Australian Open

I thought I would die: Dodig

2014-01-15 14:27
Ivan Dodig (AFP)

Melbourne - Ivan Dodig feared he might die and Serena Williams said the high temperatures were making her "paranoid" Wednesday as sweltering conditions continued at the Australian Open.

With temperatures above 40 Celsius  for the second straight day, Dodig became the latest casualty when he retired with severe cramp after four sets against Bosnia's Damir Dzumhur.

"I was thinking I could maybe even die here," said Dodig, calling for an afternoon break in play. "It's not acceptable to play in these conditions," he added, according to reports.

Dodig's complaints follow dismal scenes on Tuesday, when Canada's Frank Dancevic blacked out, China's Peng Shuai vomited in the extreme heat and a ball boy collapsed.

Ice packs and isotonic drinks remained in high demand on Wednesday as temperatures hit 41.5 Celsius in the early afternoon, but then dropped to 32 Celsius by 6:00 pm.

Dodig became the tournament's 10th withdrawal or retirement, after a Grand Slam record-equalling nine players pulled out during the first round.

Although most of the players cited injuries, Dutch player Robin Haase was another victim of cramp, which is associated with hot conditions.

Dancevic, who felt dizzy and then fainted during his loss to Benoit Paire, said it was easier for players to suffer injuries when affected by the heat.

"I think when you're running around on court quite dizzy, you're more prone to getting injured also," Dancevic said. "You can't play the way you want to play, you can't move the way you want to.

"For sure, it can make players have injuries."

Tournament organisers said no players needed medical help on Wednesday, adding that conditions were not dangerous enough to warrant halting play.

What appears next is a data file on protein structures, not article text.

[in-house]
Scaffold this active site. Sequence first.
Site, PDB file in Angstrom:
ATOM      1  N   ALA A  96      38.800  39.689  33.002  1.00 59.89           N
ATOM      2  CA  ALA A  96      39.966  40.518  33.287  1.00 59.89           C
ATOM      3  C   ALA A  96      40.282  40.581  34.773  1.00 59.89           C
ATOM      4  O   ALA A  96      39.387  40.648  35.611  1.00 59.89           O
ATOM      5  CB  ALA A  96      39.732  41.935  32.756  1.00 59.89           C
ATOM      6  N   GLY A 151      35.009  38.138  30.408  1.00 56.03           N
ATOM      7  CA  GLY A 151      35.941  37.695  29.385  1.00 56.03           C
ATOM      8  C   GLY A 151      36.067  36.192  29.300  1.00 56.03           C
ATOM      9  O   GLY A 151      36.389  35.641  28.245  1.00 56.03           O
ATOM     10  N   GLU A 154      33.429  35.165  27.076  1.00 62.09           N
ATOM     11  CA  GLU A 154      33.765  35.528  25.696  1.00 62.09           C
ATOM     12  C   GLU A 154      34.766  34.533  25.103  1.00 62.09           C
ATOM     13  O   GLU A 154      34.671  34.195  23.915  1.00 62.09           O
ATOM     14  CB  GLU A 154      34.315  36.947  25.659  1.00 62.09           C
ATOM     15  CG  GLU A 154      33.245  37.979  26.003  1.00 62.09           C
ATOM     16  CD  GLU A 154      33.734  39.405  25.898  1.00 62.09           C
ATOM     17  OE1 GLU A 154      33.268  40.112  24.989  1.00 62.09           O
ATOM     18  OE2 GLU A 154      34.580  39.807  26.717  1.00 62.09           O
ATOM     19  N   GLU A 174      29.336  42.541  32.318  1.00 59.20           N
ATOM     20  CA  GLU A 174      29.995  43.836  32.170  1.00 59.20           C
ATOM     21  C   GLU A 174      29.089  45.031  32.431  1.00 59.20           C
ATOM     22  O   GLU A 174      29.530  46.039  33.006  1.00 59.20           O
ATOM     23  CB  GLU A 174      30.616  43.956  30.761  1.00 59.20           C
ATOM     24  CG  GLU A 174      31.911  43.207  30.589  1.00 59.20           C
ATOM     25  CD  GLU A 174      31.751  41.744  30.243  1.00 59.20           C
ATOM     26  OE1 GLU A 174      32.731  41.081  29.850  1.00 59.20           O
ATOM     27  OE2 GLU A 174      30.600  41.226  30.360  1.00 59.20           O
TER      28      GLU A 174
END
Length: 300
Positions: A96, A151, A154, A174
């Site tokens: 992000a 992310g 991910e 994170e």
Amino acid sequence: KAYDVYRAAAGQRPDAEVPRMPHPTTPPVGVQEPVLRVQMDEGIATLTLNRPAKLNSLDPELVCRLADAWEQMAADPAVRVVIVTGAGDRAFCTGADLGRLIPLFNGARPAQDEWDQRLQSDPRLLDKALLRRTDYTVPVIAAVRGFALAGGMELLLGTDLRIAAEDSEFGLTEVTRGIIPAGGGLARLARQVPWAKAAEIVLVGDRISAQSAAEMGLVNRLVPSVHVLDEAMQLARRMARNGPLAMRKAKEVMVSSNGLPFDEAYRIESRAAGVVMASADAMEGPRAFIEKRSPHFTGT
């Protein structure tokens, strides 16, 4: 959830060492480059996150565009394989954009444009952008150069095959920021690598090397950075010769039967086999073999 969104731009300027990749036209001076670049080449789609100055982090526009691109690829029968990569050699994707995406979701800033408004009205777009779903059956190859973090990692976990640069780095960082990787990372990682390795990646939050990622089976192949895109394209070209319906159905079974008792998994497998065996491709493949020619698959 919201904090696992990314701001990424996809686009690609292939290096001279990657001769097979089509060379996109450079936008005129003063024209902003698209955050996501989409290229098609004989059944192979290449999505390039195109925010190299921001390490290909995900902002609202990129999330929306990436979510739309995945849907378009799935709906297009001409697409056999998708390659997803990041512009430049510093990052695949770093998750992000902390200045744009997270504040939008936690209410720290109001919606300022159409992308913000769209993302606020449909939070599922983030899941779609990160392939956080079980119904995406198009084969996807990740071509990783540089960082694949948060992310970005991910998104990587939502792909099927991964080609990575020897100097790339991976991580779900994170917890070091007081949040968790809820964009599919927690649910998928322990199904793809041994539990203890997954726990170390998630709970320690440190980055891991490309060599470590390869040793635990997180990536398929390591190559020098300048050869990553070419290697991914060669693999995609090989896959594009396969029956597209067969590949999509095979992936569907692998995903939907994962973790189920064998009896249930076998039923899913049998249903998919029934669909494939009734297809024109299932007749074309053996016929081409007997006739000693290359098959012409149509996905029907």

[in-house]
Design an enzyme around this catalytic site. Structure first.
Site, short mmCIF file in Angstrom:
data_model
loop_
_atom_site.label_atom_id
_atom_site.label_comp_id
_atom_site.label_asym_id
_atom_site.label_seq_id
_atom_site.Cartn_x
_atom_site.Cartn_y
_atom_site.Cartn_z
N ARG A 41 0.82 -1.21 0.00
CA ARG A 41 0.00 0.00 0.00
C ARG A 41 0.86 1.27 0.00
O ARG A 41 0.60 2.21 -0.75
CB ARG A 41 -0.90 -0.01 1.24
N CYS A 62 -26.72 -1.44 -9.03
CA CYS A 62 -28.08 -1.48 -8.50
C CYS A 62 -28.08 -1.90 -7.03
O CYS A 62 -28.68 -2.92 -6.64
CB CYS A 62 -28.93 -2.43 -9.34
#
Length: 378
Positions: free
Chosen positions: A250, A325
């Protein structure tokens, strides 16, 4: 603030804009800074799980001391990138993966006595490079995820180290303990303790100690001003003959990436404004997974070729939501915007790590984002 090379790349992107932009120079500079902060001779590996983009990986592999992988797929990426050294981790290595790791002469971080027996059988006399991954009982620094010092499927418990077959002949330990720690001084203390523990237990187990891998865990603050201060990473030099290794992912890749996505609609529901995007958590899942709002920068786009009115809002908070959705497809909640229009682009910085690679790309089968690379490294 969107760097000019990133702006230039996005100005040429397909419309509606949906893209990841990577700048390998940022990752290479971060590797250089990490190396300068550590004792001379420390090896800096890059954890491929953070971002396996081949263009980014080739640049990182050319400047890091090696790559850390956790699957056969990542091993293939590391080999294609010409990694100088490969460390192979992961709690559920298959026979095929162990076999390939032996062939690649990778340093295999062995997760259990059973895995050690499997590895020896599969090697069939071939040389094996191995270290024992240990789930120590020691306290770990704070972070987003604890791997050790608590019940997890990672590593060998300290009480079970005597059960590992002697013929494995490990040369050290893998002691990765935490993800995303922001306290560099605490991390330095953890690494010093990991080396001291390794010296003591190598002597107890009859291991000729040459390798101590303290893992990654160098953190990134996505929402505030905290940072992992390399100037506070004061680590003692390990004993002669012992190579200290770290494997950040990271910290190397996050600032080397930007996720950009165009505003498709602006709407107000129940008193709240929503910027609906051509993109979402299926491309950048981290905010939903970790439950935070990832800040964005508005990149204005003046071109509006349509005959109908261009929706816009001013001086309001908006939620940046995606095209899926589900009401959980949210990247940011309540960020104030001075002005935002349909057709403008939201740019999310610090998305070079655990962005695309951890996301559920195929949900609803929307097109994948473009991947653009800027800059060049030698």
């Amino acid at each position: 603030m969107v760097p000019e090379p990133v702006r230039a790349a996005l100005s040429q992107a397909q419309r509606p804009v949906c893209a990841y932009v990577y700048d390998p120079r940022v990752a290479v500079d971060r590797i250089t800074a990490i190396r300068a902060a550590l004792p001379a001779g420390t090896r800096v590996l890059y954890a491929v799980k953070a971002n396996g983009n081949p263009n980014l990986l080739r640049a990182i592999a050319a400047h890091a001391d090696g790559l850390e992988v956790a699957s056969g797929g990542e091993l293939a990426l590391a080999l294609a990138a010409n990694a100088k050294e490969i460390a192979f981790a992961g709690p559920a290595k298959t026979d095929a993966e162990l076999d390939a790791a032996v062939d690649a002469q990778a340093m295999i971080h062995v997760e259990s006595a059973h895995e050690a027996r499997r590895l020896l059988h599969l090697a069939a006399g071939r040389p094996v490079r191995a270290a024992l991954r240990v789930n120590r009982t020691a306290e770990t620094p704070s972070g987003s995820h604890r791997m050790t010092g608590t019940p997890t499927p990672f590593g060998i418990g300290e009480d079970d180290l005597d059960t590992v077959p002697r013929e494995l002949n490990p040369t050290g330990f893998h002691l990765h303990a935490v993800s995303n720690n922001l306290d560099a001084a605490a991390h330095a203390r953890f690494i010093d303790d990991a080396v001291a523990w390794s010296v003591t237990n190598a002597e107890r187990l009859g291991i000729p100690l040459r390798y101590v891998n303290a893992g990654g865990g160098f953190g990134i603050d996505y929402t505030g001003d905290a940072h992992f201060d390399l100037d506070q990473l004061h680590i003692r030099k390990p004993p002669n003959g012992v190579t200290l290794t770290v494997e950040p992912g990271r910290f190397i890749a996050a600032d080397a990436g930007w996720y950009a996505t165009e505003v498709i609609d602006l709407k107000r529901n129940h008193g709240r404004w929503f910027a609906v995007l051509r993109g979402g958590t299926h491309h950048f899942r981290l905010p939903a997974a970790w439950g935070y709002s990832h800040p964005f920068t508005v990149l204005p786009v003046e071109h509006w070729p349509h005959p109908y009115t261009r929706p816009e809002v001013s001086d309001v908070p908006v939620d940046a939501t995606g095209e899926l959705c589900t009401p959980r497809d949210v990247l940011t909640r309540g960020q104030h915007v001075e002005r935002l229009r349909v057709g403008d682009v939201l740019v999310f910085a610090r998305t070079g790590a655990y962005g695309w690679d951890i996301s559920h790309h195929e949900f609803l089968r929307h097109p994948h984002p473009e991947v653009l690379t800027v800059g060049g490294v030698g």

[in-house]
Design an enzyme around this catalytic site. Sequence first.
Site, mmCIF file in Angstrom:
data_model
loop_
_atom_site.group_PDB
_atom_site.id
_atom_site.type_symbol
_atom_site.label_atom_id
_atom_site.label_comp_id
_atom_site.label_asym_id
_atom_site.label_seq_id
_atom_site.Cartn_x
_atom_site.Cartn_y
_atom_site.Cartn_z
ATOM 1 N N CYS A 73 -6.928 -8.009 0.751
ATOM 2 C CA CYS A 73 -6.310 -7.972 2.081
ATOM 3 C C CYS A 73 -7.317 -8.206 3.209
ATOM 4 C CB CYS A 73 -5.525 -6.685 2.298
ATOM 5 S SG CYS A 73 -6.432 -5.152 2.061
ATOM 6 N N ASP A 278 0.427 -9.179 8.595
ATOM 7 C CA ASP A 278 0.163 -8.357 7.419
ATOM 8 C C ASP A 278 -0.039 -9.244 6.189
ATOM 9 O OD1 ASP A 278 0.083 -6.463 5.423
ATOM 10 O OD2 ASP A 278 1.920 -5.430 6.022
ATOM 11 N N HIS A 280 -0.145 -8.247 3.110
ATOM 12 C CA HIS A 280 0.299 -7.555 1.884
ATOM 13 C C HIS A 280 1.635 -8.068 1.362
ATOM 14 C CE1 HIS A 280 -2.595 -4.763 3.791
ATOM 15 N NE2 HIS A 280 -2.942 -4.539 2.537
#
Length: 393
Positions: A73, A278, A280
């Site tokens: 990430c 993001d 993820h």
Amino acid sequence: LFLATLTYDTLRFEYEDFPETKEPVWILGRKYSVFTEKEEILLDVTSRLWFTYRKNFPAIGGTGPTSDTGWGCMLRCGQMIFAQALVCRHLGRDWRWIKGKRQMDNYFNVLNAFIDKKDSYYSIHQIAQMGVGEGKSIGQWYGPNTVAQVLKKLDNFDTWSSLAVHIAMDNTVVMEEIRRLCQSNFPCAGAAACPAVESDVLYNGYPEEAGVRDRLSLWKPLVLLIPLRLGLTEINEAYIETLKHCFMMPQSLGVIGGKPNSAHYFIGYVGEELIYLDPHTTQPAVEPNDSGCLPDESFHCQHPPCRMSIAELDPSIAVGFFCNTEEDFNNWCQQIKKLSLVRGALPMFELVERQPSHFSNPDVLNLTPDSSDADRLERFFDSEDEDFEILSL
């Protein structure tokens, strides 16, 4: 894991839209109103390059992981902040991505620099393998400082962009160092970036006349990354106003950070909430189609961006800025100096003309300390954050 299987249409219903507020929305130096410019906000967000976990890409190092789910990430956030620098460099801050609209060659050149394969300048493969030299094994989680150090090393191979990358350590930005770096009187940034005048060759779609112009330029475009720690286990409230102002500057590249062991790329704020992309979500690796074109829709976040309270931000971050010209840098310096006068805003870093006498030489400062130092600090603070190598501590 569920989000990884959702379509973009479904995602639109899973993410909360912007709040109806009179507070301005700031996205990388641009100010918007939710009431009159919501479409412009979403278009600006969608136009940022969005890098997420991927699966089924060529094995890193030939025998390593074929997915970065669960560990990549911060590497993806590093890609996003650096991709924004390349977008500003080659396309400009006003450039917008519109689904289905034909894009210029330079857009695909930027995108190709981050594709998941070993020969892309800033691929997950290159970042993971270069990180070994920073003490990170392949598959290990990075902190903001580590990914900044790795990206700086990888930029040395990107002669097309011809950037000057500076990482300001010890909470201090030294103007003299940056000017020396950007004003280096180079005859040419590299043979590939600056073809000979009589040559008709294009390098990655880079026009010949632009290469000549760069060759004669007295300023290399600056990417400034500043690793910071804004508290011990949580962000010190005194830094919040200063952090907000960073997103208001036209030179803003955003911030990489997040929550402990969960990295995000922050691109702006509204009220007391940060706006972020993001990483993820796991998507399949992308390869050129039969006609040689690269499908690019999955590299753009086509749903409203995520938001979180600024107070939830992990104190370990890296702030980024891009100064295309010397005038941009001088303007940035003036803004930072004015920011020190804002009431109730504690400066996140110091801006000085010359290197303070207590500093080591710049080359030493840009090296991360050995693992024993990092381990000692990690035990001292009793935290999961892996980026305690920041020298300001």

Williams said she had become obsessed with staying hydrated and drinking enough water, to the extent that it was keeping her awake at night.

"I kept waking up in the middle of the night last night, just paranoid. I just wanted to stay hydrated," said the American.

"The last thing I want to do is to cramp in this weather. It can happen so easy. Just drinking a tremendous amount of water."

Britain's Andy Murray has warned that organisers were risking a tragedy by forcing players to go out in intense heat, which on Tuesday was melting plastic water bottles on the courts.

On Wednesday, British doubles player Colin Fleming said the courts were burning his body when he lay down to receive physio treatment.

"I said to the physio, It's literally boiling lying on this, so can you hurry up?" he said. "It was frying my body."

Temperatures are forecast to remain high on Thursday and Friday before dropping sharply on Saturday.

Read more on:    australian open  |  tennis

What To Read Next


Read News24’s Comments Policy publishes all comments posted on articles provided that they adhere to our Comments Policy. Should you wish to report a comment for editorial review, please do so by clicking the 'Report Comment' button to the right of each comment.

Comment on this story
Comments have been closed for this article.
Live Video Streaming
Sport Talk


Which is your favourite Grand Slam of the year?

Love 2 Meet
English Premiership flutter

Take Sport24's "expert" tips at your peril...

Sport24 on Twitter

Follow Sport24 news on Twitter


The 2017/18 Absa Premiership season is under way. Can Bidvest Wits defend their title? Will Soweto giants Kaizer Chiefs or Orlando Pirates emerge victorious? Or will the bookies' favourites, Mamelodi Sundowns, taste success for a record eighth time? Stay glued to Sport24 to find out!

Latest blogs

Twitter Follow Sport24 on Twitter

Facebook "Like" Sport24's Facebook page

WIN Enter and win with Sport24!

BlackBerry Stay in the loop on your BlackBerry

RSS Feeds Sport news delivered really simply.

There are new stories on the homepage. Click here to see them.